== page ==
Your Immigrant Employees are at Greater Risk of Financial Stress

Posted by Frank Gogol

If you’re a business owner, you already know that financial stress will hurt your employees’ productivity. From their presence in the office to the quality of their work, workers who are stressed out — especially financially stressed — will show up less and deliver poorer work. 

But did you know that your immigrant and visa holding employees are at a much higher risk of financial stress? As you’ll see below, how much your immigrant employees suffer or don’t suffer from financial stress is directly related to how much access they have to quality financial services designed to meet their unique set of circumstances.  

Financial Stress and Your Employees

Before we take a look at how financial stress, directly and indirectly, your immigrant and visa holding employees, let’s first take a look at how financial stress affects your employees in general.

According to a IFEBP survey, four out of five employers report that their employees’ personal financial issues are impacting their job performance somewhat, very much, or to an extreme degree. These personal financial issues have resulted in increased stress among employees (76% of employees), worker’s inability to focus on work (60%), and increased absenteeism and tardiness among employees (34%).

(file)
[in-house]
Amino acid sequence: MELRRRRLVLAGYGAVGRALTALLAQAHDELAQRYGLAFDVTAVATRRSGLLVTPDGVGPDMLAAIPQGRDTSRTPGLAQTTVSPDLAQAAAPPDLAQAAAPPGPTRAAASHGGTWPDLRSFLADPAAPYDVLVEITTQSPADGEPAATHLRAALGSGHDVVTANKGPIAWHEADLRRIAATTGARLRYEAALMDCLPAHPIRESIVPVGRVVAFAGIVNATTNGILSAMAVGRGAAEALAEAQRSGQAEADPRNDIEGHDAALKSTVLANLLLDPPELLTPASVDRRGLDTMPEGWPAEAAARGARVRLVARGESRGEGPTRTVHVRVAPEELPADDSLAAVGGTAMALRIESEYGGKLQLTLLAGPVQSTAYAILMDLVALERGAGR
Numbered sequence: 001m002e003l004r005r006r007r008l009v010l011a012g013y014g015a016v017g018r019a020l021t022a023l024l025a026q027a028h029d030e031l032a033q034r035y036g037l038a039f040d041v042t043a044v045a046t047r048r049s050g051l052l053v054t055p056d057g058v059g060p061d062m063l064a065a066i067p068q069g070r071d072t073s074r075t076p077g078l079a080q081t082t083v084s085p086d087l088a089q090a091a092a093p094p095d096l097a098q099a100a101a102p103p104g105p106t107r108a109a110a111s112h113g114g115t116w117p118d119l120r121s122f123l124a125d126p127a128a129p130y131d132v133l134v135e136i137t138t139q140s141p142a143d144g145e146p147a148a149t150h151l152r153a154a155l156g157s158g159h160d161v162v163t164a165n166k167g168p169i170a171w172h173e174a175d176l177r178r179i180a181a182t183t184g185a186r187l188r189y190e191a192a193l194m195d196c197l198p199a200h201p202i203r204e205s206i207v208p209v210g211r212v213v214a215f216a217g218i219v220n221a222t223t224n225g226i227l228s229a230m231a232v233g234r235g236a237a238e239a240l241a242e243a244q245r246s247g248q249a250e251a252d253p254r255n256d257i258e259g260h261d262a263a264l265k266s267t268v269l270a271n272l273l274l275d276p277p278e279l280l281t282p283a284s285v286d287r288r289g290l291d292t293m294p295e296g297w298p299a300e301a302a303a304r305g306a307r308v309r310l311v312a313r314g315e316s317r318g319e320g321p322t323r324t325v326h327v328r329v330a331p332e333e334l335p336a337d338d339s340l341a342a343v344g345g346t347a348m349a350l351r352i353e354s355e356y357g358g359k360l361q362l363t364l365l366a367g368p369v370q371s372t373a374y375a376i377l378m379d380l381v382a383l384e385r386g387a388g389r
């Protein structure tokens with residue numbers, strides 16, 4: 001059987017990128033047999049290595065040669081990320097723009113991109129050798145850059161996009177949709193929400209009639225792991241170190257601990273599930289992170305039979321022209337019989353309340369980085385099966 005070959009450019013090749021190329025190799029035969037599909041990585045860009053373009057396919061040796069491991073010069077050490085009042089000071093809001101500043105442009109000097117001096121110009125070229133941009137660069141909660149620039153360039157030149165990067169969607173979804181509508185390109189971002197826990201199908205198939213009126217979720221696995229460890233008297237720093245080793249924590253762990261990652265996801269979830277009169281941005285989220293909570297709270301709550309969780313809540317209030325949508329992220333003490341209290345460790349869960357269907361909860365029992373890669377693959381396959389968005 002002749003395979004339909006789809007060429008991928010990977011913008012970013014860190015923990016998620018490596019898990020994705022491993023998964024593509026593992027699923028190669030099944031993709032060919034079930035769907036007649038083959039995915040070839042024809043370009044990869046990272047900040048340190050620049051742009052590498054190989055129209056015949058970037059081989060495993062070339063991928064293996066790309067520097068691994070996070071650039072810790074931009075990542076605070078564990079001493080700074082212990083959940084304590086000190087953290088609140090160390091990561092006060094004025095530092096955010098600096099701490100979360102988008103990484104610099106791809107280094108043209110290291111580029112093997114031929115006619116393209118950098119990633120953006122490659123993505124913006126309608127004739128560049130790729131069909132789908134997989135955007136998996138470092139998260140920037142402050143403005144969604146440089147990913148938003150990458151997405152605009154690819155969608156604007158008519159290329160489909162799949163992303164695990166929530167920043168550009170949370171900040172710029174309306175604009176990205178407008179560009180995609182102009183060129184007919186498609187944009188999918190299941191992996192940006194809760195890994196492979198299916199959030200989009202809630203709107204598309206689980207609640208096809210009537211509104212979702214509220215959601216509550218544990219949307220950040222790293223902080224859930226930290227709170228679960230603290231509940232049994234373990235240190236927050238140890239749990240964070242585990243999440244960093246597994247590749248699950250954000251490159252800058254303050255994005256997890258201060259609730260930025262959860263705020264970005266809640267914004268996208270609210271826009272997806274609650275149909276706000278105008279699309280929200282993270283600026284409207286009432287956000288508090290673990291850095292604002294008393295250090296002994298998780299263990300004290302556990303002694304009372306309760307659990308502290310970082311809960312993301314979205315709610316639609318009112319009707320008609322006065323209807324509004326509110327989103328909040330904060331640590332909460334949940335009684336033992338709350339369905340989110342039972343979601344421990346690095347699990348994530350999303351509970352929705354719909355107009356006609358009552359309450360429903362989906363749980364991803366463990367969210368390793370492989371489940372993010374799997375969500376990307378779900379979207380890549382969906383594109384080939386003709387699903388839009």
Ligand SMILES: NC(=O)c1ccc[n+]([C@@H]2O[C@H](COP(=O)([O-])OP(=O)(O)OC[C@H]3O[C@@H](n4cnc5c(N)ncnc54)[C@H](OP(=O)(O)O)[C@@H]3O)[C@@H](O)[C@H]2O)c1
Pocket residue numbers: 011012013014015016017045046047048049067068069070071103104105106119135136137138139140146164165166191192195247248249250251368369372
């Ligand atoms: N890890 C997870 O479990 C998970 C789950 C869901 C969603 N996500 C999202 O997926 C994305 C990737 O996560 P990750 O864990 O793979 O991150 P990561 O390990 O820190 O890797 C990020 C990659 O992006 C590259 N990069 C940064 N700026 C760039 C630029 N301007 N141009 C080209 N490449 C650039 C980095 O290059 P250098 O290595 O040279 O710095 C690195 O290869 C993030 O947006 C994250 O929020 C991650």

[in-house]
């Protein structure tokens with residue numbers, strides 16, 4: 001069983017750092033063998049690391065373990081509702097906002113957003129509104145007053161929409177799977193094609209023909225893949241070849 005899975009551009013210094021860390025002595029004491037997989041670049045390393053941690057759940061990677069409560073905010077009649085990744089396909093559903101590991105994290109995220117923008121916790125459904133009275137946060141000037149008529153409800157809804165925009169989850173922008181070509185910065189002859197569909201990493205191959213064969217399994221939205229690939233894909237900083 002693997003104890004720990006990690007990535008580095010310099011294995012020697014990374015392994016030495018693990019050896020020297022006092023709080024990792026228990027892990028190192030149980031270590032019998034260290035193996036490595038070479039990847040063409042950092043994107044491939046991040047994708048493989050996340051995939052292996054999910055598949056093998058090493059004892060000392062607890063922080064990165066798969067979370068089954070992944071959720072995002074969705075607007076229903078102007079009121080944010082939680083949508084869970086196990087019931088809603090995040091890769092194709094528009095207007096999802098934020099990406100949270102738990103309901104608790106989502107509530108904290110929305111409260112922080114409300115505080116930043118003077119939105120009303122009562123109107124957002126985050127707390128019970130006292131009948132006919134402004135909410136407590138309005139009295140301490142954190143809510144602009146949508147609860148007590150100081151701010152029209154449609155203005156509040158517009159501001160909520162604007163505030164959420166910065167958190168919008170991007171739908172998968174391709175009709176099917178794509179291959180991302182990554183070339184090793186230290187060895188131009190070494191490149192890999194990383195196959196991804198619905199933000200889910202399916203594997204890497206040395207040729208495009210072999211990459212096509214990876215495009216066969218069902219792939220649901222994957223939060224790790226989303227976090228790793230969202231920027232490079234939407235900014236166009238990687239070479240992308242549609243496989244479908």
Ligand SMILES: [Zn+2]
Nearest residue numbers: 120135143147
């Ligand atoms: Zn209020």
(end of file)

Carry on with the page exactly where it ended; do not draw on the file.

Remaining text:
Using data from a Salary Finance survey, well look at the impact of financial stress on employees and the story it tells. 

4x More Likely to Suffer from Depression

It’s not surprising, but employees who suffer from financial stress are 4 times more likely to suffer from depression. In fact, it’s estimated that nearly 7% of full-time workers in the U.S. have experienced major depression in the last year. And even those that stress that’s leading to depression is exterior to your company, it’s effects can still be far-reaching when it comes to employee attendance and performance. 

34% of Employers Report Absenteeism

Studies have shown a direct correlation between employee depression and rates of absenteeism and tardiness. Employers, again unsurprisingly, reported a higher rate  (34%) of absenteeism and tardiness a month employees suffering from financial stress. In fact, U.S. Centers for Disease Control and Prevention (CDC) reported that lost productivity due to absenteeism in the U.S. cost employers $225.8 billion annually, or $1,685 per employee – but this figure does not account for indirect costs, such as overtime pay and decreased morale among employees picking up the slack.